Recently, the university has received a pair of top five finishes in Forbes Magazine’s list of top U.S. public universities. In 2007, New College of Florida tied for first place in the US News and World Report rankings of the twenty-two public liberal arts colleges in the United States, up from third place in 2006. The 2007 edition of The Princeton Review named New College the best value in public higher education, up from sixth place in 2006. New College was also ranked 2nd in the August 2006 edition of High Times magazine's article "Top 10 Counterculture Colleges."

The small liberal arts university began as a private school when it opened in 1960. In the 1970s, the school had accumulated a good deal of debt. To reconcile its financial problems while still remaining relatively independent, the school agreed to sale its facilities and land to the state in exchange for its debt being paid off and for it to become a separate unit within the University of South Florida. South Florida shared a Sarasota campus with New College, and New College received public funding at the per-student level of the University of South Florida. New College continued to raise private funds in order to maintain their expected level of functioning. The two schools shared a campus for 25 years while New College was called New College of the University of South Florida. In 2001, a reorganization of the state university system severed the difficult relationship between the USF and New College, turning New College of the University of South Florida into New College of Florida and making it the 11th independent university in the State University System of Florida.

Four core principles form the base of New College's academic philosophy: (1) each student is responsible in the last analysis for his or her own education, (2) the best education demands a joint search for learning by exciting teachers and able students, (3) students' progress should be based on demonstrated competence and real mastery rather than on the accumulation of credits and grades, (4) students should have, from the outset, opportunities to explore in depth, areas of interest to them. Students design individualized programs of study and areas of concentration. Because all classes are taught by faculty, students work directly with some of the country's foremost scholars and scientists. To the end of putting this philosophy into practice, New College uses a unique academic program that differs substantially from those of most other educational institutions in four key ways:

Narrative evaluations: at the completion of each course, students receive an evaluation written by the instructor critiquing their performance and course work, along with a satisfactory/unsatisfactory/incomplete designation. Letter grades and grade-point-averages are not used at New College.

Contract System: at the start of each semester, students negotiate a contract with their faculty adviser, specifying their courses of study and expectations for the semester. At the completion of the term, the academic adviser compares the student's performance with the requirements defined in the contract, and determines whether the student has "passed" the contract, or not. Among other requirements, completing seven contracts is a prerequisite to graduation.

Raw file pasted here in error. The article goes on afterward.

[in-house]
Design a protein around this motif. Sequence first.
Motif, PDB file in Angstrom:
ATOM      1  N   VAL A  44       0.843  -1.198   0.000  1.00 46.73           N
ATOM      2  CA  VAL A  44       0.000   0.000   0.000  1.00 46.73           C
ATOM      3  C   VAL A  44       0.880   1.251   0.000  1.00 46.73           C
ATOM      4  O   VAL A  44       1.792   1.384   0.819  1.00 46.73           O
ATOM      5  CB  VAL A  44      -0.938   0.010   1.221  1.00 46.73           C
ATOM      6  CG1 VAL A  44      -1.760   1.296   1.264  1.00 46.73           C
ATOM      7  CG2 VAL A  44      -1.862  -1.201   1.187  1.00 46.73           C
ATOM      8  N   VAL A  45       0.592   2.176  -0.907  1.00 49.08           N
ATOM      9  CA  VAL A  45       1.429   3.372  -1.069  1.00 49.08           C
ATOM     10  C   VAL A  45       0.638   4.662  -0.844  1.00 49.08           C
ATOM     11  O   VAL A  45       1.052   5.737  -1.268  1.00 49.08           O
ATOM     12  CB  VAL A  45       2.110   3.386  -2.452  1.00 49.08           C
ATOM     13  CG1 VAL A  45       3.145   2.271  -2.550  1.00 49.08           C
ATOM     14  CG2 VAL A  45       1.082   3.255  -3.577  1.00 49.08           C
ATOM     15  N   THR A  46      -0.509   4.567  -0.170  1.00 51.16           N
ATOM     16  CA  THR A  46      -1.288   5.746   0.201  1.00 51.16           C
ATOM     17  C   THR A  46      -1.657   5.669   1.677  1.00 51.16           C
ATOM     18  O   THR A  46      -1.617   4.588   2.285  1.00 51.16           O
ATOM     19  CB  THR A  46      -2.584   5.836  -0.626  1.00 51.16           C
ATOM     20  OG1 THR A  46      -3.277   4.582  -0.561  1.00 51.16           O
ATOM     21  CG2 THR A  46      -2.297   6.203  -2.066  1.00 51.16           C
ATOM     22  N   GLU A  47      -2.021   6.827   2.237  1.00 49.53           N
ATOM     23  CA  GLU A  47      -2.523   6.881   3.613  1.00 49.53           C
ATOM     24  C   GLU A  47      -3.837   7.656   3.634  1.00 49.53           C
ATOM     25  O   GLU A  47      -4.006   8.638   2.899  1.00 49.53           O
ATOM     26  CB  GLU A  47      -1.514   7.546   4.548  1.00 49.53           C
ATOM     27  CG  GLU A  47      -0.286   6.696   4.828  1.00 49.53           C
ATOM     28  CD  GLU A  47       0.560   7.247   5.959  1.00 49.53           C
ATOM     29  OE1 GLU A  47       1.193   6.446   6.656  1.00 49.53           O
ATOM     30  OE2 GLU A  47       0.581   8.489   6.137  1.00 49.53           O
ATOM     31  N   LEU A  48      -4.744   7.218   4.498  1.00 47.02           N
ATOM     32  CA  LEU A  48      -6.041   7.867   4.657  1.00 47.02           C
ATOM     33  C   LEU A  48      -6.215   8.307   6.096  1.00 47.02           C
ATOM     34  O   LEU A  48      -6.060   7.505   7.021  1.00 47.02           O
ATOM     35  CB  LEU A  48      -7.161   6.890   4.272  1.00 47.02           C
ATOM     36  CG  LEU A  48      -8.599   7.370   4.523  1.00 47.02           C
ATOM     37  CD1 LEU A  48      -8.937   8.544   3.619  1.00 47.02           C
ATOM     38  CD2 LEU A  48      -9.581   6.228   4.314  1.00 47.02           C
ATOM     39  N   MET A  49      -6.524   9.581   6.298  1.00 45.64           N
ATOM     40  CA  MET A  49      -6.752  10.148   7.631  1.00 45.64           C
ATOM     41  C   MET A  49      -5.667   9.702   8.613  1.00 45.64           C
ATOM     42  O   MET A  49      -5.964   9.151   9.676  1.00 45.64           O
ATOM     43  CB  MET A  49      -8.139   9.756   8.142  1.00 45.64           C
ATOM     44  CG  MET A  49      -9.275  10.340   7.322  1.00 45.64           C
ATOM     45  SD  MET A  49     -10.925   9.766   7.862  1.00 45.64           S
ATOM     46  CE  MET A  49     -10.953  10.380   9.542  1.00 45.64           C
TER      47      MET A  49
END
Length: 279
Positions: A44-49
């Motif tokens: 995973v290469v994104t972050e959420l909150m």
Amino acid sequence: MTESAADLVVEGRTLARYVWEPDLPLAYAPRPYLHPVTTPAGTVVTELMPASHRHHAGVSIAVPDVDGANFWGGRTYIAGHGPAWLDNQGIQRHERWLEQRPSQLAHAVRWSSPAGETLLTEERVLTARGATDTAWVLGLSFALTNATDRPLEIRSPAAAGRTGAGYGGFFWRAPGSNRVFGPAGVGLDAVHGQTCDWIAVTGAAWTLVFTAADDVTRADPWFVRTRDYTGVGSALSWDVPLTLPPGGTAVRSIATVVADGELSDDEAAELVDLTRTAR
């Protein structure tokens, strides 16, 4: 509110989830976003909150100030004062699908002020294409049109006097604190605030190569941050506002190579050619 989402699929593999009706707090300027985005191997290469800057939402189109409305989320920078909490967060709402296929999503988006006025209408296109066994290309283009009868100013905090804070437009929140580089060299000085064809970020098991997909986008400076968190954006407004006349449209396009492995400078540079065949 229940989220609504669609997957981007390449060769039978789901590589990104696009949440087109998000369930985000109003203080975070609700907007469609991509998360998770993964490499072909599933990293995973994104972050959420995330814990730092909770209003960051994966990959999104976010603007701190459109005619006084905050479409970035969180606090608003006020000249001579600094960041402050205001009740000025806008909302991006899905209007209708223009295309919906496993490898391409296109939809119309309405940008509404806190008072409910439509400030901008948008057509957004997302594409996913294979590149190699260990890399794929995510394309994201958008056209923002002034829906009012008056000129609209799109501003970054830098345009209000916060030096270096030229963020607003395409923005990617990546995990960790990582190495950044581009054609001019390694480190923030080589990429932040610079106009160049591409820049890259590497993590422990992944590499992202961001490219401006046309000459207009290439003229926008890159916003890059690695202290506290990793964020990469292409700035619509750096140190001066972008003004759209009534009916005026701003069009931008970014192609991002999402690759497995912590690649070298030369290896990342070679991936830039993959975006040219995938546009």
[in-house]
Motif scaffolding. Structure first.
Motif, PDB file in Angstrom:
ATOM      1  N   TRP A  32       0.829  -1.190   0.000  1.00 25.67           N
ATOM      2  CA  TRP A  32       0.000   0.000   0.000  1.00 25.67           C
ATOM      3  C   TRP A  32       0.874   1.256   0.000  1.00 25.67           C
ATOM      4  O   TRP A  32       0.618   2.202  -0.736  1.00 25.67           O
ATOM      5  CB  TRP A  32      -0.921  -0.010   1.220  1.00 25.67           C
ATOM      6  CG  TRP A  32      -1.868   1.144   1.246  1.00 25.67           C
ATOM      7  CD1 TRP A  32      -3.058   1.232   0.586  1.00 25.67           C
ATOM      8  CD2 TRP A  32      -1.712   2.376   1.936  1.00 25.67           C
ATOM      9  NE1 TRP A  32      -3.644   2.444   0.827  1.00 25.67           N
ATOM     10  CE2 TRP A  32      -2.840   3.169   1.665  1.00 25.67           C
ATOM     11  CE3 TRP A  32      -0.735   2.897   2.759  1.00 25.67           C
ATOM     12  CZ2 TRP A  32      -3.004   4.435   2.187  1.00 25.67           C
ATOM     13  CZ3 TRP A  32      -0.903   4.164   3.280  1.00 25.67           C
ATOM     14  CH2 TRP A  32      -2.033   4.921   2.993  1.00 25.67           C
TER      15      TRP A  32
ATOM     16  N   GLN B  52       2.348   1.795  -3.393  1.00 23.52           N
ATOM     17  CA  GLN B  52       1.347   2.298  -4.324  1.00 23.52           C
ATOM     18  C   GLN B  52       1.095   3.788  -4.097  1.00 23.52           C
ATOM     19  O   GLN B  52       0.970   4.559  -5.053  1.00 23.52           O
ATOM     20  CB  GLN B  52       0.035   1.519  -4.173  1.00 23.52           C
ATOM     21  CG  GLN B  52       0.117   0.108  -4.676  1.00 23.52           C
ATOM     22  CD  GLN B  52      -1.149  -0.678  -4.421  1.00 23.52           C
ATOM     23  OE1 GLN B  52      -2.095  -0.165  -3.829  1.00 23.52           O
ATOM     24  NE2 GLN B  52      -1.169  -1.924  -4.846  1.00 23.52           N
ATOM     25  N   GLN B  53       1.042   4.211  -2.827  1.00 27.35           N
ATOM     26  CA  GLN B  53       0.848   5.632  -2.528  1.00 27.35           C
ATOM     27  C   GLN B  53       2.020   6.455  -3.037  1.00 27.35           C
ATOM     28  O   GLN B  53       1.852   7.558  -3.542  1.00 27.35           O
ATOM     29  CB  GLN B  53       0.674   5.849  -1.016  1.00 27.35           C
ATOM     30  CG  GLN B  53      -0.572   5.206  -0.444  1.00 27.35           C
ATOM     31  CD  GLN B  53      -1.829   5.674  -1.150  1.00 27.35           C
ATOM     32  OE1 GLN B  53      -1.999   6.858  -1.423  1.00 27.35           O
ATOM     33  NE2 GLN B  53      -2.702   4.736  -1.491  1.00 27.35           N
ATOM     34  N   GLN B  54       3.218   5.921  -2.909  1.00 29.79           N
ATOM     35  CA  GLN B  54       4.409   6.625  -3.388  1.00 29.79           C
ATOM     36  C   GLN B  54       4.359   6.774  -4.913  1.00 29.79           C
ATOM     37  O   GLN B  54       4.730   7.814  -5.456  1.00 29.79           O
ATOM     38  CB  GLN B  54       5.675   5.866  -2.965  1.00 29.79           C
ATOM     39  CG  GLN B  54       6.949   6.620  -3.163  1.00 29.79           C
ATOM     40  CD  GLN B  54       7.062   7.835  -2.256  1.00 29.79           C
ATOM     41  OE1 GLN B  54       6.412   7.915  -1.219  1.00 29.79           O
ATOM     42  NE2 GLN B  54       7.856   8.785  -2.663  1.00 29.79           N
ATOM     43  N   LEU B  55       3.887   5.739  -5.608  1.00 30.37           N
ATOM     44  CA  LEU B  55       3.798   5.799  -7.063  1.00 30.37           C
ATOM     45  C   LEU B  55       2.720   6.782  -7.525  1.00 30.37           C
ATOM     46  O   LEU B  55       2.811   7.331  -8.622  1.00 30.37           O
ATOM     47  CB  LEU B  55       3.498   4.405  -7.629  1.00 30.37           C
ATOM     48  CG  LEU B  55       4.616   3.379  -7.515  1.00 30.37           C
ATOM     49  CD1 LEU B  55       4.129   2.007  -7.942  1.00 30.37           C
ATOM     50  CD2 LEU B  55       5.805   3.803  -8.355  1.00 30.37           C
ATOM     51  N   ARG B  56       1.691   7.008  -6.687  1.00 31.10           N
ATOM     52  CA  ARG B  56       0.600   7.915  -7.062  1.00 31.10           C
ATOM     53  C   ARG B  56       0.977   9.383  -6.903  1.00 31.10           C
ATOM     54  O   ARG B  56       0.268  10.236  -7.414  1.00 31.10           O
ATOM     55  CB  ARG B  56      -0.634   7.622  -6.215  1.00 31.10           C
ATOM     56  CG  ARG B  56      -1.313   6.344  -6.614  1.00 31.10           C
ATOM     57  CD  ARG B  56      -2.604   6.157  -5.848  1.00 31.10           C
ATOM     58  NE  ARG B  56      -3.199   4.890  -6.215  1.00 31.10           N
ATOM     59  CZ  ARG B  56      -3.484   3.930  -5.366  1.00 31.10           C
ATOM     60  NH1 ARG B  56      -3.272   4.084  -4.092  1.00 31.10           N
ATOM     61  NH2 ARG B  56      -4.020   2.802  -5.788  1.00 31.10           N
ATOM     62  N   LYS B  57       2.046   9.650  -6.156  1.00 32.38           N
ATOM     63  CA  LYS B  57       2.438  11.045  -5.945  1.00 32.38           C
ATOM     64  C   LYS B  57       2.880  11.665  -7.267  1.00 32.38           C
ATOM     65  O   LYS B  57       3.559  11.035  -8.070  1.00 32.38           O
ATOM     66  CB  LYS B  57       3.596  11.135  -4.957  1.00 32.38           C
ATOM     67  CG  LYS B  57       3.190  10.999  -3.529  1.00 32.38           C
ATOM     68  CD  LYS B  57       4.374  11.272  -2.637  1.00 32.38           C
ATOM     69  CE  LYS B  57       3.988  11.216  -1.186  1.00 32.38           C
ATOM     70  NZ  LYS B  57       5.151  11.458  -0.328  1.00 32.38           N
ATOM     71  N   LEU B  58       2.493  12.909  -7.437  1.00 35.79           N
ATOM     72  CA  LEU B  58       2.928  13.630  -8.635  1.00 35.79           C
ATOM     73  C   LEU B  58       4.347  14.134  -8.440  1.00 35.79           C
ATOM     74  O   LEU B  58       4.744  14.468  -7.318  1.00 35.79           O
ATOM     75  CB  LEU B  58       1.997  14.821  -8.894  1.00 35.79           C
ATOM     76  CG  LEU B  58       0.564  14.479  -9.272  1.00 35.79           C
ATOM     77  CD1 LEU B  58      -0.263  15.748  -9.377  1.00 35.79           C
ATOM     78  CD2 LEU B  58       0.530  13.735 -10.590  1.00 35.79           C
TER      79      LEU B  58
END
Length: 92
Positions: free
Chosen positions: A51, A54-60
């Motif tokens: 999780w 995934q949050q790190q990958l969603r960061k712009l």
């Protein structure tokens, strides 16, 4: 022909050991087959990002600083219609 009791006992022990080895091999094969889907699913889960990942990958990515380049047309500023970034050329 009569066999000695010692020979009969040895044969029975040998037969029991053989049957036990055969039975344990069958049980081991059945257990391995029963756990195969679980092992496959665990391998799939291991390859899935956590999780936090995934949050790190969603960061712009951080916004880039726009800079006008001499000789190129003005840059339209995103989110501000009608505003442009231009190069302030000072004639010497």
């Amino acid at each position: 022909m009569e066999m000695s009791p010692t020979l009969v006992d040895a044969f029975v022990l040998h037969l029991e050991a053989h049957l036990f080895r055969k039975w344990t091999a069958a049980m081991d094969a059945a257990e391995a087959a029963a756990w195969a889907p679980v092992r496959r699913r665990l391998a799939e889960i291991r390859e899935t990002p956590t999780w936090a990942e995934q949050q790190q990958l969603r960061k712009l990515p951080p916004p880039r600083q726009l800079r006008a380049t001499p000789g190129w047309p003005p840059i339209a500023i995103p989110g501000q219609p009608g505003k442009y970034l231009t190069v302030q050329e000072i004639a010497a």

Independent Study Projects: the month of January is reserved for independent projects at New College, when no traditional courses are held. Independent Study Projects run the gamut from short, in-depth, academic research projects to internships, lab work, and international exchanges. Students are required to complete three independent study projects prior to being graduated.

Senior Thesis: each student is required to write an original and lengthy thesis in their discipline, and to defend it before a committee of at least three faculty. Depending on the area of concentration of each student, a senior thesis may take the form of an original research paper, performing and documenting a scientific or social-scientific experiment or research study, or an original composition. This requirement is usually completed during the final two semesters of a student's fourth year.

The academic structure described above is implemented through classes and research projects in a diverse array of subjects in the Humanities, Social Sciences, and the Natural Sciences. With fewer than 800 students, an average class size of 18 and a student to faculty ratio of 10 to 1, the academic environment is small and intimate and known for its intellectual intensity.

Florida International University

Florida International is a public research university located in Miami, Florida. The university boasts the record level of enrollment for a first year university, enrolling over 5,000 students in 1972 during its first semester of classes. Today, there are over 40,000 students that attend FIU. Despite its size, the university is the most selective of the universities in the State University System of Florida, with a slightly lower acceptance rate than the University of Florida. The school also leads the United States in awarding bachelor’s and master’s degrees to Hispanic students.

FIU emphasizes research as a major component of its mission. Sponsored research funding (grants and contracts) from external sources for the year 2008-2009 totaled approximately $101 million. With more than 135,000 alumni, Golden Panthers constitute the fastest-growing university alumni group in Miami-Dade County. With nearly 8,000 students graduating annually from FIU, the university confers approximately half of all degrees now awarded by universities in Miami-Dade County.

There are more than 200 bachelor’s, master’s and doctoral programs offered at Florida International University.